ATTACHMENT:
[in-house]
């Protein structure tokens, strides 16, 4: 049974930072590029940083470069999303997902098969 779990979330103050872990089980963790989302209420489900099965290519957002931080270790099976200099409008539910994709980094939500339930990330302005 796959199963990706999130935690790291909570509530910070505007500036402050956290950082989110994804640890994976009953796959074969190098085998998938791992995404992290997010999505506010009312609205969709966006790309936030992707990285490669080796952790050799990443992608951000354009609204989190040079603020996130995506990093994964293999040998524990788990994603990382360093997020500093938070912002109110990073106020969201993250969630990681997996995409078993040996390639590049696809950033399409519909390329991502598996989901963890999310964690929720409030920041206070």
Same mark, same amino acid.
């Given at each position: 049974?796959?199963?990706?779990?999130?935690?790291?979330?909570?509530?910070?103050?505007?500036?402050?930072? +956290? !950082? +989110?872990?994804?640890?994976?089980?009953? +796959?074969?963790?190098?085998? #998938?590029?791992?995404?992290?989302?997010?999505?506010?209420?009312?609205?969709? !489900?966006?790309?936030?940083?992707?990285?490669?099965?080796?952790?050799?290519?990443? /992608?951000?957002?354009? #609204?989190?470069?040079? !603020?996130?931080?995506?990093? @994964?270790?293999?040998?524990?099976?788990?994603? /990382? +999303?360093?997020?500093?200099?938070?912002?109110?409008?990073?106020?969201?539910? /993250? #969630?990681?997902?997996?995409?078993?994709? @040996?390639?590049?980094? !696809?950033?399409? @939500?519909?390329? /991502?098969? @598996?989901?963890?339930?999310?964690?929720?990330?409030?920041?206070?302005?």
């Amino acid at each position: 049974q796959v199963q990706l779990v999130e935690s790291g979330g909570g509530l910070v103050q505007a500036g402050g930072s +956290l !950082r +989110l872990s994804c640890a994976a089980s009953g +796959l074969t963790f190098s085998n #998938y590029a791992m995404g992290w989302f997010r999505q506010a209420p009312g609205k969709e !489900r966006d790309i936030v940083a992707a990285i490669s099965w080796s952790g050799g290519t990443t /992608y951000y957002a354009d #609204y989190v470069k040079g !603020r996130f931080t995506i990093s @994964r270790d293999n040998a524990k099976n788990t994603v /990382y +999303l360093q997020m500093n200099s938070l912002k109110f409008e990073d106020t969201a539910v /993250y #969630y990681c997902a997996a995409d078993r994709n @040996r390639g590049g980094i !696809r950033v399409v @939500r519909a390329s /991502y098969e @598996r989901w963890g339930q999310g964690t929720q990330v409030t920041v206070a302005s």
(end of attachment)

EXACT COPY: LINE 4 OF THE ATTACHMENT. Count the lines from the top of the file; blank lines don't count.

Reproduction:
């Given at each position: 049974?796959?199963?990706?779990?999130?935690?790291?979330?909570?509530?910070?103050?505007?500036?402050?930072? +956290? !950082? +989110?872990?994804?640890?994976?089980?009953? +796959?074969?963790?190098?085998? #998938?590029?791992?995404?992290?989302?997010?999505?506010?209420?009312?609205?969709? !489900?966006?790309?936030?940083?992707?990285?490669?099965?080796?952790?050799?290519?990443? /992608?951000?957002?354009? #609204?989190?470069?040079? !603020?996130?931080?995506?990093? @994964?270790?293999?040998?524990?099976?788990?994603? /990382? +999303?360093?997020?500093?200099?938070?912002?109110?409008?990073?106020?969201?539910? /993250? #969630?990681?997902?997996?995409?078993?994709? @040996?390639?590049?980094? !696809?950033?399409? @939500?519909?390329? /991502?098969? @598996?989901?963890?339930?999310?964690?929720?990330?409030?920041?206070?302005?």